From the Netherlands to Nova Scotia.

A stack of old yellowed letters tied together with twine.

The Van Dyk family have found a home in the quiet village of Caledonia, Nova Scotia and harvest berries from all over the province. But it hasn’t always been this way.

An older man wearing a baseball cap and looking off into the distance.

A place to call home.

Our family comes from a corner of the world where farming know-how is everywhere, but the land to work just isn’t. So, in the years after World War II, Cornelius and Henrica Van Dyk left the Netherlands in search of a place that would welcome their whole family—and their agricultural expertise—with arms wide open. And thanks to the good faith of a local priest willing to sponsor a young Dutch couple, that place was Nova Scotia.

A closeup of a wild blueberry with water droplets falling off.

Dream big, think small.

As it turns out, Caledonia was known to nurture more than just a few farm families. Every August, the locals would pick an abundance of wild blueberries with excitement. Handful after handful, pie after pie—our family was captivated by the special significance and sense of community each berry inspired. It was only a matter of time before these berries became just as important to our family. Over 60 years later, we’re still a family-run farm with a simple mission: to grow the finest wild blueberries in the world – right here in Nova Scotia – and to share them with the world.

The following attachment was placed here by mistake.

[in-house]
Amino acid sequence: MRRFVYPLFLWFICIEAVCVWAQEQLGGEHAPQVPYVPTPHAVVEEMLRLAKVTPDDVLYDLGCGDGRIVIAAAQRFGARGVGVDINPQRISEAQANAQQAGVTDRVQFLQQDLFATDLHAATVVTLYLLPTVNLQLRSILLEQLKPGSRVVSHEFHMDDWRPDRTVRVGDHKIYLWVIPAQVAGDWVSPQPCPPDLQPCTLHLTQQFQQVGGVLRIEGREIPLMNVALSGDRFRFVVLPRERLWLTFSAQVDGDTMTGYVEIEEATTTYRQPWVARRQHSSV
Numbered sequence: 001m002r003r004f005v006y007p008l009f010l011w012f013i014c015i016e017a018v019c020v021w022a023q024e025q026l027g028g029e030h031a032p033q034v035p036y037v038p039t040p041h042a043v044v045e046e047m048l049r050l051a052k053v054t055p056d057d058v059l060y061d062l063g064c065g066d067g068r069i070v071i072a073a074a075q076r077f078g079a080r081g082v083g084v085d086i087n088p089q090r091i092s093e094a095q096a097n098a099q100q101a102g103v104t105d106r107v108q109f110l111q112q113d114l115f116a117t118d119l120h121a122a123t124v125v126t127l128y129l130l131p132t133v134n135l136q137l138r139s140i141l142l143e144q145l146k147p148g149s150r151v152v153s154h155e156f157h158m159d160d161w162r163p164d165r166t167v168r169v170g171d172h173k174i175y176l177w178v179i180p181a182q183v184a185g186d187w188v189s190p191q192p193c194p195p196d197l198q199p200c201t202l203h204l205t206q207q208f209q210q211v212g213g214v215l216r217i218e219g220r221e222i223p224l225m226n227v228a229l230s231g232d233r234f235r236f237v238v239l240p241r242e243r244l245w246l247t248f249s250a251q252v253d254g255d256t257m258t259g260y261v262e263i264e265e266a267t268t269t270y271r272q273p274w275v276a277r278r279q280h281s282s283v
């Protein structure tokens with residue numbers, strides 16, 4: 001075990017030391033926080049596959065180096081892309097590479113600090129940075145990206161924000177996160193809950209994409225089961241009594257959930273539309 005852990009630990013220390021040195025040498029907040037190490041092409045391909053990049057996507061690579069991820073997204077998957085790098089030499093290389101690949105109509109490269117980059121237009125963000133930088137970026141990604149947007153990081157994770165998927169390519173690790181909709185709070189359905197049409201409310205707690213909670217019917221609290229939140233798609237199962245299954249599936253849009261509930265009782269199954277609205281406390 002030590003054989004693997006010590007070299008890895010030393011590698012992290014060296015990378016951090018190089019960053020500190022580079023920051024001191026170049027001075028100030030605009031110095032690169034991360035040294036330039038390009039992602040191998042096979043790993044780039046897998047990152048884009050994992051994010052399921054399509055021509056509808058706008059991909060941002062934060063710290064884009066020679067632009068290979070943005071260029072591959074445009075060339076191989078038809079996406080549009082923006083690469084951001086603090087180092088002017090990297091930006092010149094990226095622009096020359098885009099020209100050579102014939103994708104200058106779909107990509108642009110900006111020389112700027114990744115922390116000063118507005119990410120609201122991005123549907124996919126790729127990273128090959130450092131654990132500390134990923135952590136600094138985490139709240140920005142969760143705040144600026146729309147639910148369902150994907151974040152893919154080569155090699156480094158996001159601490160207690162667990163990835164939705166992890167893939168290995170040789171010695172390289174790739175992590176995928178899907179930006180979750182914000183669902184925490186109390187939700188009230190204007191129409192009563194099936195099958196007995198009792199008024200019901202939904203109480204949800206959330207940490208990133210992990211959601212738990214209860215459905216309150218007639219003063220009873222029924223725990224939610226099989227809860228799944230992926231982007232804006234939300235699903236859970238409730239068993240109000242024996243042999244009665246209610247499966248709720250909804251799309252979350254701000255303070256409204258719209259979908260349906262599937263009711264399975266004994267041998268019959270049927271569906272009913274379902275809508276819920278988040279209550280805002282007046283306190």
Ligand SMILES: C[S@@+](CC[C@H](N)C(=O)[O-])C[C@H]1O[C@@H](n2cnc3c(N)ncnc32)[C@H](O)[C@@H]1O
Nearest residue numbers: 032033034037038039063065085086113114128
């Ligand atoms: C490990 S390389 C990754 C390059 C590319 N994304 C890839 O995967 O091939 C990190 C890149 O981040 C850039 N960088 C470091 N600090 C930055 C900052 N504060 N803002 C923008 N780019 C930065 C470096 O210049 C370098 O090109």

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Our farming philosophy.

We’re proud nurturers of nature. That means letting the berries do the hard work—we just help out where we can. All year long, we’re in the fields—inspecting dormant shoots, looking for emerging fruit or vegetative buds and keeping an eye on the soil.

But we’re never alone out there. Each year when the wild blooms begin to emerge, we enlist the help of thousands of honeybees to join the local insects to pollinate every blossom in our wild blueberry patches. In return for helping us nurture each little bloom, each year the bees get to sample the product before anyone else.

The biggest thing we do to nurture our berries? Every second year we let them rest. A vacation from growing fruit means time for the wild blueberry plant to invest in itself. It’s an important part of the process that makes our plants stronger and our berries healthier. It’s also one of our secrets to getting a once sparse patch of wild blueberries to fill an entire field. That, and plenty of patience.

A drawing of a black bear.
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